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Tribute to Dr. Maya Anglelou

May 29, 2014

10402751_10152446595928540_6381259218008559795_nDoes my sexiness upset you?
Does it come as a surprise
That I dance like I’ve got diamonds
At the meeting of my thighs?

–Maya Angelou

Just last month I posted about Maya Angelou, connecting her words from one of our Earth Day Posters about artists with transformational festivals like Burning Man and Lucidity:

“When members of a society wish to secure that society’s rich heritage, they cherish their arts and respect their artists. The esteem with which we regard the multiple cultures offered in our country enhances our possibilities for healthy survival and continued social development.” (Read it here).As we were camping in the Eastern Sierra and traveling home, the news started trickling into my Facebook news feed that the celebrated and highly honored actress, educator, madam, poet, and author of 35 books in 50 years Maya Angelou had passed on at age 86.

01homequoteWhen I checked my email the local paper wanted to quote me about Dr Angelou’s impact on me as a poet and teacher. I had already been musing on this topic, remembering when I had first read I Know Why the Caged Bird Sings  as an undergraduate at UC Santa Cruz, and having a difficult time comprehending the horrors she experienced at such a young age and being amazed by her resilience.

Later, when I was a broke poet/adjunct/artist, she spoke in Santa Barbara at the Arlington and my friend Kathy Talley arranged for us to usher so we could get in for free. It was one of the most thrilling readings I ever attended and one of the more special nights of my life, so exciting and such an honor to be there as an usher. Her voice was so moving and her words so inspiring, we were both in tears at times. These days, I often teach her essay “Graduation.”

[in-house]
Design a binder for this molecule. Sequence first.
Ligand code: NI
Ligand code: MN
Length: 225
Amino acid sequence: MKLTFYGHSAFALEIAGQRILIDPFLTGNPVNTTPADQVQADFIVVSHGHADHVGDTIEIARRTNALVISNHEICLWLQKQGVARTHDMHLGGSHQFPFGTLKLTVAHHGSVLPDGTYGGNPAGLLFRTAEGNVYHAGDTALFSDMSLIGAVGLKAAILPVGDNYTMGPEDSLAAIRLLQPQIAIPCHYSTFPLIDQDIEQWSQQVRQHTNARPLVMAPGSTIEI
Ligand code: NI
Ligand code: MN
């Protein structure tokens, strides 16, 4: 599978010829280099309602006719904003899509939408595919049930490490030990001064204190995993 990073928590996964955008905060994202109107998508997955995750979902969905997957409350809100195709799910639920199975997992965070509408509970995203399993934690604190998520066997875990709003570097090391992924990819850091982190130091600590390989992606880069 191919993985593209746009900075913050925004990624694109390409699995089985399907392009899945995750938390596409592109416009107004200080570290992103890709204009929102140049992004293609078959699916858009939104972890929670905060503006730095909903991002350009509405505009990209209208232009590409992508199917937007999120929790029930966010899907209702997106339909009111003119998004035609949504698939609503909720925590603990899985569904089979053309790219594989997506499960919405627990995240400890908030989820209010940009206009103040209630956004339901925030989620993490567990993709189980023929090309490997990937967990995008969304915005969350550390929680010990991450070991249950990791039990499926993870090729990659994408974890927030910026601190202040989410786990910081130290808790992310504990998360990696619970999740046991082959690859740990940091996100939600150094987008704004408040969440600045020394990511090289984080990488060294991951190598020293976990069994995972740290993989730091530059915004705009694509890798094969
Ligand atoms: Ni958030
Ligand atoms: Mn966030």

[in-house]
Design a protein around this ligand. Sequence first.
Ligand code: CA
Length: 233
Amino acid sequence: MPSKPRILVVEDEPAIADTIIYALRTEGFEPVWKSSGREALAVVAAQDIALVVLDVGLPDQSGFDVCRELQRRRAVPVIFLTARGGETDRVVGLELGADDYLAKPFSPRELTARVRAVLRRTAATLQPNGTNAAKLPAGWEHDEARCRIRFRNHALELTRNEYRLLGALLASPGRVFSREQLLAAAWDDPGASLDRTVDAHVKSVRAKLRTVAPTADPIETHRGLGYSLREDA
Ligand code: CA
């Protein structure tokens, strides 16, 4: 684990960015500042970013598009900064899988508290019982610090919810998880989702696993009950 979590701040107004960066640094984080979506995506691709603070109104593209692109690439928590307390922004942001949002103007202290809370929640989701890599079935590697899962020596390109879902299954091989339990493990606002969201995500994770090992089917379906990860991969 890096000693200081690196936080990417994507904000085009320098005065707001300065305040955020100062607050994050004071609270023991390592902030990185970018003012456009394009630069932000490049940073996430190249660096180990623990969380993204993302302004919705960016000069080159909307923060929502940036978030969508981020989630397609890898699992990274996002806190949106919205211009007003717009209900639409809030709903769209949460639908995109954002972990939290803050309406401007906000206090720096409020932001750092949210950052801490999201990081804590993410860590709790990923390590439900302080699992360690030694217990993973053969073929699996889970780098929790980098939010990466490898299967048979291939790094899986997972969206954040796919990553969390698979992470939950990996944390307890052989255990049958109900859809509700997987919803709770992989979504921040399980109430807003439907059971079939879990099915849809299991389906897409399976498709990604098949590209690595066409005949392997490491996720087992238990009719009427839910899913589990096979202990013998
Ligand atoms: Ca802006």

Also in my email, frequent Art Predator guest blogger Ron Wells had sent the following about Maya Angelou: A woman who wrote with insight, power and conviction, and whose words carried reality, dreams and hope. In her own words:

“Instead, pursue the things you love doing, and then do them so well that people can’t take their eyes off you.” 
“Life is going to give you just what you put in it. Put your whole heart in everything you do, and pray, then you can wait.” 
When someone shows you who they are, believe them the first time.
Love recognizes no barriers. It jumps hurdles, leaps fences, penetrates walls to arrive at its destination full of hope.
From her poem, “When Great Trees Fall”:
And when great souls die,
after a period peace blooms,
slowly and always
irregularly. Spaces fill
with a kind of
soothing electric vibration.
Our senses, restored, never
to be the same, whisper to us.
They existed. They existed.
We can be. Be and be
better. For they existed.” 
If you have never heard her melodious, rich voice, now is the time:
If you want to learn more about Maya Angelou, here’s her official website. Learn more:
Here’s an article on Dr Angelou from MS Magazine.
Here’s one from the LA TImes:
Here’s the one from the Ventura County Star:
One Comment leave one →
  1. May 29, 2014 2:36 pm

    Reblogged this on whisper down the write alley and commented:

    Rest in Peace, Maya Angelou!

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